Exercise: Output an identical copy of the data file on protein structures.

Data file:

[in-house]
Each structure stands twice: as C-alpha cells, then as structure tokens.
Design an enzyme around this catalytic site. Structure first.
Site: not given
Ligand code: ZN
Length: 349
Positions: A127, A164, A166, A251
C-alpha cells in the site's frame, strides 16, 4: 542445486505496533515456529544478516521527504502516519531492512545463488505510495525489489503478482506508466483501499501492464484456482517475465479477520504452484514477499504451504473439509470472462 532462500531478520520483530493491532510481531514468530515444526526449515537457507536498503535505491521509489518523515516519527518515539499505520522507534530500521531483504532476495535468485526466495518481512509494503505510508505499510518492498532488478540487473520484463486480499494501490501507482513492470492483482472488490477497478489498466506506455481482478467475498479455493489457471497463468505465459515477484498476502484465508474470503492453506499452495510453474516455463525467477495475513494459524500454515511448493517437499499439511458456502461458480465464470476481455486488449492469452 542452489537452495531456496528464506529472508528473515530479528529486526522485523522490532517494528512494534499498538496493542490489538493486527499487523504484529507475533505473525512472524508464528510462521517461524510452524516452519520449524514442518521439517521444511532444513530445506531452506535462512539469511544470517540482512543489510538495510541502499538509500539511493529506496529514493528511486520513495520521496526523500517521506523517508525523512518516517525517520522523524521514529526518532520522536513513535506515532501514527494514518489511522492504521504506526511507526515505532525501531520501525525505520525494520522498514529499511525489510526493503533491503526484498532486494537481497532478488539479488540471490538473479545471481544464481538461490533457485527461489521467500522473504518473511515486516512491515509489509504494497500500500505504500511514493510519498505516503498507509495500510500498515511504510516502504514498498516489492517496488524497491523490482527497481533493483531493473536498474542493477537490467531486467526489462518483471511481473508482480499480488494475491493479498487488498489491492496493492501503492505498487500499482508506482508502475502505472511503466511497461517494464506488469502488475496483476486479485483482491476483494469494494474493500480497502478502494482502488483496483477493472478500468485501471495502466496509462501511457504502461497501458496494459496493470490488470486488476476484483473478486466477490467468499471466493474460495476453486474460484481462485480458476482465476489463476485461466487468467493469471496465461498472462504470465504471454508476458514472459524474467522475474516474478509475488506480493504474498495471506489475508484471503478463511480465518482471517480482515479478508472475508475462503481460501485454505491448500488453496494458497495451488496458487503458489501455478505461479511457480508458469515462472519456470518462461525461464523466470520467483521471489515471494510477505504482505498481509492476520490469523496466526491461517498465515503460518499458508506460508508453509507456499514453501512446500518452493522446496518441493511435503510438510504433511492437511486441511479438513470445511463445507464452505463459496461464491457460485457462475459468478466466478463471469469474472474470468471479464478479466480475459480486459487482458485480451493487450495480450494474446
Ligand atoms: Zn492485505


[in-house]
Each structure stands twice: as C-alpha cells, then as structure tokens.
Design an enzyme around this catalytic site. Structure first.
Site: not given
Ligand code: ZN
Length: 349
Positions: A127, A164, A166, A251
C-alpha cells in the site's frame, strides 16, 4: 542445486505496533515456529544478516521527504502516519531492512545463488505510495525489489503478482506508466483501499501492464484456482517475465479477520504452484514477499504451504473439509470472462 532462500531478520520483530493491532510481531514468530515444526526449515537457507536498503535505491521509489518523515516519527518515539499505520522507534530500521531483504532476495535468485526466495518481512509494503505510508505499510518492498532488478540487473520484463486480499494501490501507482513492470492483482472488490477497478489498466506506455481482478467475498479455493489457471497463468505465459515477484498476502484465508474470503492453506499452495510453474516455463525467477495475513494459524500454515511448493517437499499439511458456502461458480465464470476481455486488449492469452 542452489537452495531456496528464506529472508528473515530479528529486526522485523522490532517494528512494534499498538496493542490489538493486527499487523504484529507475533505473525512472524508464528510462521517461524510452524516452519520449524514442518521439517521444511532444513530445506531452506535462512539469511544470517540482512543489510538495510541502499538509500539511493529506496529514493528511486520513495520521496526523500517521506523517508525523512518516517525517520522523524521514529526518532520522536513513535506515532501514527494514518489511522492504521504506526511507526515505532525501531520501525525505520525494520522498514529499511525489510526493503533491503526484498532486494537481497532478488539479488540471490538473479545471481544464481538461490533457485527461489521467500522473504518473511515486516512491515509489509504494497500500500505504500511514493510519498505516503498507509495500510500498515511504510516502504514498498516489492517496488524497491523490482527497481533493483531493473536498474542493477537490467531486467526489462518483471511481473508482480499480488494475491493479498487488498489491492496493492501503492505498487500499482508506482508502475502505472511503466511497461517494464506488469502488475496483476486479485483482491476483494469494494474493500480497502478502494482502488483496483477493472478500468485501471495502466496509462501511457504502461497501458496494459496493470490488470486488476476484483473478486466477490467468499471466493474460495476453486474460484481462485480458476482465476489463476485461466487468467493469471496465461498472462504470465504471454508476458514472459524474467522475474516474478509475488506480493504474498495471506489475508484471503478463511480465518482471517480482515479478508472475508475462503481460501485454505491448500488453496494458497495451488496458487503458489501455478505461479511457480508458469515462472519456470518462461525461464523466470520467483521471489515471494510477505504482505498481509492476520490469523496466526491461517498465515503460518499458508506460508508453509507456499514453501512446500518452493522446496518441493511435503510438510504433511492437511486441511479438513470445511463445507464452505463459496461464491457460485457462475459468478466466478463471469469474472474470468471479464478479466480475459480486459487482458485480451493487450495480450494474446
Ligand atoms: Zn492485505